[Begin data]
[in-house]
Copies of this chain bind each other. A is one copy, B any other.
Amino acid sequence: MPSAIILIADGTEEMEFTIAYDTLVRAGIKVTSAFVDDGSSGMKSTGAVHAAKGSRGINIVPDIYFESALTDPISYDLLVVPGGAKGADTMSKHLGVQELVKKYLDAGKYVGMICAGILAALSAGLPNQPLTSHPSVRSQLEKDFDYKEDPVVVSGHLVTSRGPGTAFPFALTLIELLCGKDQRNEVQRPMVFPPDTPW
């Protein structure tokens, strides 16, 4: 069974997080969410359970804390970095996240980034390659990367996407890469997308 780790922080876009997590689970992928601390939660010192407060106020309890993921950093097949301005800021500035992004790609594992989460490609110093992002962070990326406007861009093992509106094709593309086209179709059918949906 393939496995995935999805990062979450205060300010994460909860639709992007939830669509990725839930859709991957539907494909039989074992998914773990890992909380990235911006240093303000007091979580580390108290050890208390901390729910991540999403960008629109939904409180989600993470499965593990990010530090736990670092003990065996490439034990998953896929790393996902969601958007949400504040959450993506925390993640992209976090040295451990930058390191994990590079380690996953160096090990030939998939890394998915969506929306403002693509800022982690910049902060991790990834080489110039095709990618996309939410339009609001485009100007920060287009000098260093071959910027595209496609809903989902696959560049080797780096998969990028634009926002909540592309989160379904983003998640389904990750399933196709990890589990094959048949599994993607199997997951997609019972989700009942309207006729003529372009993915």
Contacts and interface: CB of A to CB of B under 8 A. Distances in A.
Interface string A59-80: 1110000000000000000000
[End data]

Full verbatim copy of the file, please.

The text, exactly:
[in-house]
Copies of this chain bind each other. A is one copy, B any other.
Amino acid sequence: MPSAIILIADGTEEMEFTIAYDTLVRAGIKVTSAFVDDGSSGMKSTGAVHAAKGSRGINIVPDIYFESALTDPISYDLLVVPGGAKGADTMSKHLGVQELVKKYLDAGKYVGMICAGILAALSAGLPNQPLTSHPSVRSQLEKDFDYKEDPVVVSGHLVTSRGPGTAFPFALTLIELLCGKDQRNEVQRPMVFPPDTPW
């Protein structure tokens, strides 16, 4: 069974997080969410359970804390970095996240980034390659990367996407890469997308 780790922080876009997590689970992928601390939660010192407060106020309890993921950093097949301005800021500035992004790609594992989460490609110093992002962070990326406007861009093992509106094709593309086209179709059918949906 393939496995995935999805990062979450205060300010994460909860639709992007939830669509990725839930859709991957539907494909039989074992998914773990890992909380990235911006240093303000007091979580580390108290050890208390901390729910991540999403960008629109939904409180989600993470499965593990990010530090736990670092003990065996490439034990998953896929790393996902969601958007949400504040959450993506925390993640992209976090040295451990930058390191994990590079380690996953160096090990030939998939890394998915969506929306403002693509800022982690910049902060991790990834080489110039095709990618996309939410339009609001485009100007920060287009000098260093071959910027595209496609809903989902696959560049080797780096998969990028634009926002909540592309989160379904983003998640389904990750399933196709990890589990094959048949599994993607199997997951997609019972989700009942309207006729003529372009993915």
Contacts and interface: CB of A to CB of B under 8 A. Distances in A.
Interface string A59-80: 1110000000000000000000